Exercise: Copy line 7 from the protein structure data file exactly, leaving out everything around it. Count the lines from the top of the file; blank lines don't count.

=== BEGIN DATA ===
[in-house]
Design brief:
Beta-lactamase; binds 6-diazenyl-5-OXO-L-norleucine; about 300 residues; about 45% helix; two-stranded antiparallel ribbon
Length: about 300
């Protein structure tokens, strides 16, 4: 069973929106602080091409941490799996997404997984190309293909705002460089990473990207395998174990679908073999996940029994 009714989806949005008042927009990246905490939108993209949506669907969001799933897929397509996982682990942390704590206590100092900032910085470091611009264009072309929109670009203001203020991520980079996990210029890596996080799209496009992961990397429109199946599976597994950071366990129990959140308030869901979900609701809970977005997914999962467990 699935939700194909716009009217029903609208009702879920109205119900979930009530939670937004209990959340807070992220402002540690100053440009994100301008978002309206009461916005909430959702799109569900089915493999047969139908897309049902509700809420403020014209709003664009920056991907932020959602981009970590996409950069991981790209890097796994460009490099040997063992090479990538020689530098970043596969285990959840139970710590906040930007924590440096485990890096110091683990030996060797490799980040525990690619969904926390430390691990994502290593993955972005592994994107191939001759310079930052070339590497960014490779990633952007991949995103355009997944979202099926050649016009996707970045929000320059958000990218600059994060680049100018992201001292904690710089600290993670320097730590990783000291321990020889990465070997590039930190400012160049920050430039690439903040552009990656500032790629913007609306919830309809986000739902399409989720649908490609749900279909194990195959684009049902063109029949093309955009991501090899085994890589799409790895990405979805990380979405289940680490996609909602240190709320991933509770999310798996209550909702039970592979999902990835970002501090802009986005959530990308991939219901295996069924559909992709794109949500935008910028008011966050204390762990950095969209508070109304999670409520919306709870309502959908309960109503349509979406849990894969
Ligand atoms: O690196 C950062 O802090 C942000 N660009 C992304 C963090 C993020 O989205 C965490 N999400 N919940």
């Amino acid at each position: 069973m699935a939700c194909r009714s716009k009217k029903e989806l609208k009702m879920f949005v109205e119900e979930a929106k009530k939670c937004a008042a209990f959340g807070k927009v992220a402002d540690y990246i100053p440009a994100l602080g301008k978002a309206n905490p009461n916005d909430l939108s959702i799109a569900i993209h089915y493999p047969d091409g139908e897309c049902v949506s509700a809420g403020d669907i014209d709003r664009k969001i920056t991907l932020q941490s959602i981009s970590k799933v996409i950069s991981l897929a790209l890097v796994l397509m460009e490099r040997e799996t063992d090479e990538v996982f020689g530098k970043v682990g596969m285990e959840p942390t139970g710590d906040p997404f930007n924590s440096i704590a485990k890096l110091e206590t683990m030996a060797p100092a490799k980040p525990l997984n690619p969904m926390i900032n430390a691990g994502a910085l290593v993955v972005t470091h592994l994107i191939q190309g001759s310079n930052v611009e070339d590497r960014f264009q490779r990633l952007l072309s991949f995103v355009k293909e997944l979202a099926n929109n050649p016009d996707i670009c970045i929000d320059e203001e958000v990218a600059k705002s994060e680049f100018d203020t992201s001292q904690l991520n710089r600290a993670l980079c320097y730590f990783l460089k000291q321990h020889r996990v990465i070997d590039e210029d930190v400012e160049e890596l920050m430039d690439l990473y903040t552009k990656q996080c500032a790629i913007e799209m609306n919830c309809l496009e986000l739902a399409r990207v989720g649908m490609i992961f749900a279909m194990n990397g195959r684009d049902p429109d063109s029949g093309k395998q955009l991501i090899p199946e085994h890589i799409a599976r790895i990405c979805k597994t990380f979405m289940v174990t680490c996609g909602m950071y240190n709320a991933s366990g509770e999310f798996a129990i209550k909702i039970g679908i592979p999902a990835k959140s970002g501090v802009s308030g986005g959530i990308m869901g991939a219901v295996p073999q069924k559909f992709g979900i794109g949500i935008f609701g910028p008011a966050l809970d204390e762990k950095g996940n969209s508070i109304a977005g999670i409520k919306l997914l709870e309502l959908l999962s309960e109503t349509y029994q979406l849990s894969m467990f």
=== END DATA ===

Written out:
């Amino acid at each position: 069973m699935a939700c194909r009714s716009k009217k029903e989806l609208k009702m879920f949005v109205e119900e979930a929106k009530k939670c937004a008042a209990f959340g807070k927009v992220a402002d540690y990246i100053p440009a994100l602080g301008k978002a309206n905490p009461n916005d909430l939108s959702i799109a569900i993209h089915y493999p047969d091409g139908e897309c049902v949506s509700a809420g403020d669907i014209d709003r664009k969001i920056t991907l932020q941490s959602i981009s970590k799933v996409i950069s991981l897929a790209l890097v796994l397509m460009e490099r040997e799996t063992d090479e990538v996982f020689g530098k970043v682990g596969m285990e959840p942390t139970g710590d906040p997404f930007n924590s440096i704590a485990k890096l110091e206590t683990m030996a060797p100092a490799k980040p525990l997984n690619p969904m926390i900032n430390a691990g994502a910085l290593v993955v972005t470091h592994l994107i191939q190309g001759s310079n930052v611009e070339d590497r960014f264009q490779r990633l952007l072309s991949f995103v355009k293909e997944l979202a099926n929109n050649p016009d996707i670009c970045i929000d320059e203001e958000v990218a600059k705002s994060e680049f100018d203020t992201s001292q904690l991520n710089r600290a993670l980079c320097y730590f990783l460089k000291q321990h020889r996990v990465i070997d590039e210029d930190v400012e160049e890596l920050m430039d690439l990473y903040t552009k990656q996080c500032a790629i913007e799209m609306n919830c309809l496009e986000l739902a399409r990207v989720g649908m490609i992961f749900a279909m194990n990397g195959r684009d049902p429109d063109s029949g093309k395998q955009l991501i090899p199946e085994h890589i799409a599976r790895i990405c979805k597994t990380f979405m289940v174990t680490c996609g909602m950071y240190n709320a991933s366990g509770e999310f798996a129990i209550k909702i039970g679908i592979p999902a990835k959140s970002g501090v802009s308030g986005g959530i990308m869901g991939a219901v295996p073999q069924k559909f992709g979900i794109g949500i935008f609701g910028p008011a966050l809970d204390e762990k950095g996940n969209s508070i109304a977005g999670i409520k919306l997914l709870e309502l959908l999962s309960e109503t349509y029994q979406l849990s894969m467990f």